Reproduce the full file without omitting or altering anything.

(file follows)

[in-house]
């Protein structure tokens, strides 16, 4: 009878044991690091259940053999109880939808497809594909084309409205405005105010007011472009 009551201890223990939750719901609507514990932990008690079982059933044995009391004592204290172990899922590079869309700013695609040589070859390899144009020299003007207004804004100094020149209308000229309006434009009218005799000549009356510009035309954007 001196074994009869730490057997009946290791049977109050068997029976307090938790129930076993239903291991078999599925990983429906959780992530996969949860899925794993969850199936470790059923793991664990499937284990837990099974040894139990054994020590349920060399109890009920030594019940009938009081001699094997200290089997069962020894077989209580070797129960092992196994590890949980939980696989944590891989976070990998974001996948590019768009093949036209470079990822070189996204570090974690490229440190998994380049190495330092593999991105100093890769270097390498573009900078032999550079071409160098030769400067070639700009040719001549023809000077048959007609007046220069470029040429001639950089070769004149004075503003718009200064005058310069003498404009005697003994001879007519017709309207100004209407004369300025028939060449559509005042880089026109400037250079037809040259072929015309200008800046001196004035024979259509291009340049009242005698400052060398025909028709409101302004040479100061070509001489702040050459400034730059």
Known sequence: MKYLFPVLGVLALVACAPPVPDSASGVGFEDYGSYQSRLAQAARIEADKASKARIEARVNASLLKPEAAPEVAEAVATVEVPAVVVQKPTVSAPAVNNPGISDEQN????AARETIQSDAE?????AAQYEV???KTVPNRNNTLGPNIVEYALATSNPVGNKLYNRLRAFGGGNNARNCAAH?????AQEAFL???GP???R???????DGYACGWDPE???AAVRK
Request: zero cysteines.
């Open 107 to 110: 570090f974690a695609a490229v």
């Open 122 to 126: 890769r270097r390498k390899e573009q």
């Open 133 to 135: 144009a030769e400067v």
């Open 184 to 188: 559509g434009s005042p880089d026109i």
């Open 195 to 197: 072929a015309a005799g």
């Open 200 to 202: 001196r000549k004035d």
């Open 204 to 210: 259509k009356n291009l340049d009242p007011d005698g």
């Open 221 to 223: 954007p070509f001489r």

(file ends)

[in-house]
């Protein structure tokens, strides 16, 4: 009878044991690091259940053999109880939808497809594909084309409205405005105010007011472009 009551201890223990939750719901609507514990932990008690079982059933044995009391004592204290172990899922590079869309700013695609040589070859390899144009020299003007207004804004100094020149209308000229309006434009009218005799000549009356510009035309954007 001196074994009869730490057997009946290791049977109050068997029976307090938790129930076993239903291991078999599925990983429906959780992530996969949860899925794993969850199936470790059923793991664990499937284990837990099974040894139990054994020590349920060399109890009920030594019940009938009081001699094997200290089997069962020894077989209580070797129960092992196994590890949980939980696989944590891989976070990998974001996948590019768009093949036209470079990822070189996204570090974690490229440190998994380049190495330092593999991105100093890769270097390498573009900078032999550079071409160098030769400067070639700009040719001549023809000077048959007609007046220069470029040429001639950089070769004149004075503003718009200064005058310069003498404009005697003994001879007519017709309207100004209407004369300025028939060449559509005042880089026109400037250079037809040259072929015309200008800046001196004035024979259509291009340049009242005698400052060398025909028709409101302004040479100061070509001489702040050459400034730059």
Known sequence: MKYLFPVLGVLALVACAPPVPDSASGVGFEDYGSYQSRLAQAARIEADKASKARIEARVNASLLKPEAAPEVAEAVATVEVPAVVVQKPTVSAPAVNNPGISDEQN????AARETIQSDAE?????AAQYEV???KTVPNRNNTLGPNIVEYALATSNPVGNKLYNRLRAFGGGNNARNCAAH?????AQEAFL???GP???R???????DGYACGWDPE???AAVRK
Request: zero cysteines.
């Open 107 to 110: 570090f974690a695609a490229v």
């Open 122 to 126: 890769r270097r390498k390899e573009q």
């Open 133 to 135: 144009a030769e400067v």
């Open 184 to 188: 559509g434009s005042p880089d026109i």
């Open 195 to 197: 072929a015309a005799g």
């Open 200 to 202: 001196r000549k004035d």
């Open 204 to 210: 259509k009356n291009l340049d009242p007011d005698g």
């Open 221 to 223: 954007p070509f001489r």